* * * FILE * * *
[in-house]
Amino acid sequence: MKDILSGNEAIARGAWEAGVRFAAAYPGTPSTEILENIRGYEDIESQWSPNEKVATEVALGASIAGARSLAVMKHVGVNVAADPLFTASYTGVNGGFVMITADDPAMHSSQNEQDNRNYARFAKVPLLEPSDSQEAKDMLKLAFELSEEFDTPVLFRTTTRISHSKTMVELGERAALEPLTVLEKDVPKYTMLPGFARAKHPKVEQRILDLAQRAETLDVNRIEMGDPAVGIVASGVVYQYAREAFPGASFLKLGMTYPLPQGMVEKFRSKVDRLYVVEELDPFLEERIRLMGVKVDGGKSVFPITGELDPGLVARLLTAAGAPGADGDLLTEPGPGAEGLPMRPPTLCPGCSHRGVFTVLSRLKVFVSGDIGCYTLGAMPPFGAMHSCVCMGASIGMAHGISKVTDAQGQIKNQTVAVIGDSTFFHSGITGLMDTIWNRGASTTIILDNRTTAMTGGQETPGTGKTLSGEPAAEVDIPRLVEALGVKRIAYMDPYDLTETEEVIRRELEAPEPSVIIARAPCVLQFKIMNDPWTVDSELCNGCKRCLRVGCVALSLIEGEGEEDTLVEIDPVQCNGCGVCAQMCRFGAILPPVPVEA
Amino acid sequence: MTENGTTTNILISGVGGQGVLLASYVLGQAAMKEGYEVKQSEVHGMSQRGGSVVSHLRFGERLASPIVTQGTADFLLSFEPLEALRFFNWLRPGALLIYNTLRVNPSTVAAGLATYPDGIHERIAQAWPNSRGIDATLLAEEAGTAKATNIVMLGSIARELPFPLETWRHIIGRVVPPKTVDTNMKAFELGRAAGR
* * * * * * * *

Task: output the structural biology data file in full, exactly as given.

[in-house]
Amino acid sequence: MKDILSGNEAIARGAWEAGVRFAAAYPGTPSTEILENIRGYEDIESQWSPNEKVATEVALGASIAGARSLAVMKHVGVNVAADPLFTASYTGVNGGFVMITADDPAMHSSQNEQDNRNYARFAKVPLLEPSDSQEAKDMLKLAFELSEEFDTPVLFRTTTRISHSKTMVELGERAALEPLTVLEKDVPKYTMLPGFARAKHPKVEQRILDLAQRAETLDVNRIEMGDPAVGIVASGVVYQYAREAFPGASFLKLGMTYPLPQGMVEKFRSKVDRLYVVEELDPFLEERIRLMGVKVDGGKSVFPITGELDPGLVARLLTAAGAPGADGDLLTEPGPGAEGLPMRPPTLCPGCSHRGVFTVLSRLKVFVSGDIGCYTLGAMPPFGAMHSCVCMGASIGMAHGISKVTDAQGQIKNQTVAVIGDSTFFHSGITGLMDTIWNRGASTTIILDNRTTAMTGGQETPGTGKTLSGEPAAEVDIPRLVEALGVKRIAYMDPYDLTETEEVIRRELEAPEPSVIIARAPCVLQFKIMNDPWTVDSELCNGCKRCLRVGCVALSLIEGEGEEDTLVEIDPVQCNGCGVCAQMCRFGAILPPVPVEA
Amino acid sequence: MTENGTTTNILISGVGGQGVLLASYVLGQAAMKEGYEVKQSEVHGMSQRGGSVVSHLRFGERLASPIVTQGTADFLLSFEPLEALRFFNWLRPGALLIYNTLRVNPSTVAAGLATYPDGIHERIAQAWPNSRGIDATLLAEEAGTAKATNIVMLGSIARELPFPLETWRHIIGRVVPPKTVDTNMKAFELGRAAGR